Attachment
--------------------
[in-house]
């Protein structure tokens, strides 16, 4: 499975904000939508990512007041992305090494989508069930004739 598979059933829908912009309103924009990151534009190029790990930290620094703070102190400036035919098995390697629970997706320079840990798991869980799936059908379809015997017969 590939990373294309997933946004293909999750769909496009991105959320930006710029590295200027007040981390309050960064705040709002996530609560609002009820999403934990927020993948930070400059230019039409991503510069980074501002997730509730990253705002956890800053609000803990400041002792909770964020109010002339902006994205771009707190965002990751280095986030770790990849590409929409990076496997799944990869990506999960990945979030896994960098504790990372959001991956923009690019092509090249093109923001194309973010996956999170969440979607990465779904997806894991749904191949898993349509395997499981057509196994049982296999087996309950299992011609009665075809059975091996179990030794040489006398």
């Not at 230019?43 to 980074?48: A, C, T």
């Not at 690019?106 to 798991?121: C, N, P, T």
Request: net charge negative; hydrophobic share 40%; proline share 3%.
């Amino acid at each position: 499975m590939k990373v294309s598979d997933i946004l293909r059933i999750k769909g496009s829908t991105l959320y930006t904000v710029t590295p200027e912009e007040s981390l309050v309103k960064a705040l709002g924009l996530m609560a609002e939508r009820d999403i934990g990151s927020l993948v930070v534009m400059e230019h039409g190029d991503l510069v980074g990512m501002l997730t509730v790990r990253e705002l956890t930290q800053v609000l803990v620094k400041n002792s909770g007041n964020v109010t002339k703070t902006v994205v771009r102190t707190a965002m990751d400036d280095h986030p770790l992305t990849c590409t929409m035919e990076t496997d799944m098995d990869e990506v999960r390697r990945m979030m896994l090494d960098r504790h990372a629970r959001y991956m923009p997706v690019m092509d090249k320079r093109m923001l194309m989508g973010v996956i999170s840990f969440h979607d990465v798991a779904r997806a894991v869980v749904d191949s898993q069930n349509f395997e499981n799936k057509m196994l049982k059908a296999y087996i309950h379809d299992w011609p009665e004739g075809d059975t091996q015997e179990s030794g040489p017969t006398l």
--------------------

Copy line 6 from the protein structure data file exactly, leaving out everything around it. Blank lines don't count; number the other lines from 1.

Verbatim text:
């Amino acid at each position: 499975m590939k990373v294309s598979d997933i946004l293909r059933i999750k769909g496009s829908t991105l959320y930006t904000v710029t590295p200027e912009e007040s981390l309050v309103k960064a705040l709002g924009l996530m609560a609002e939508r009820d999403i934990g990151s927020l993948v930070v534009m400059e230019h039409g190029d991503l510069v980074g990512m501002l997730t509730v790990r990253e705002l956890t930290q800053v609000l803990v620094k400041n002792s909770g007041n964020v109010t002339k703070t902006v994205v771009r102190t707190a965002m990751d400036d280095h986030p770790l992305t990849c590409t929409m035919e990076t496997d799944m098995d990869e990506v999960r390697r990945m979030m896994l090494d960098r504790h990372a629970r959001y991956m923009p997706v690019m092509d090249k320079r093109m923001l194309m989508g973010v996956i999170s840990f969440h979607d990465v798991a779904r997806a894991v869980v749904d191949s898993q069930n349509f395997e499981n799936k057509m196994l049982k059908a296999y087996i309950h379809d299992w011609p009665e004739g075809d059975t091996q015997e179990s030794g040489p017969t006398l």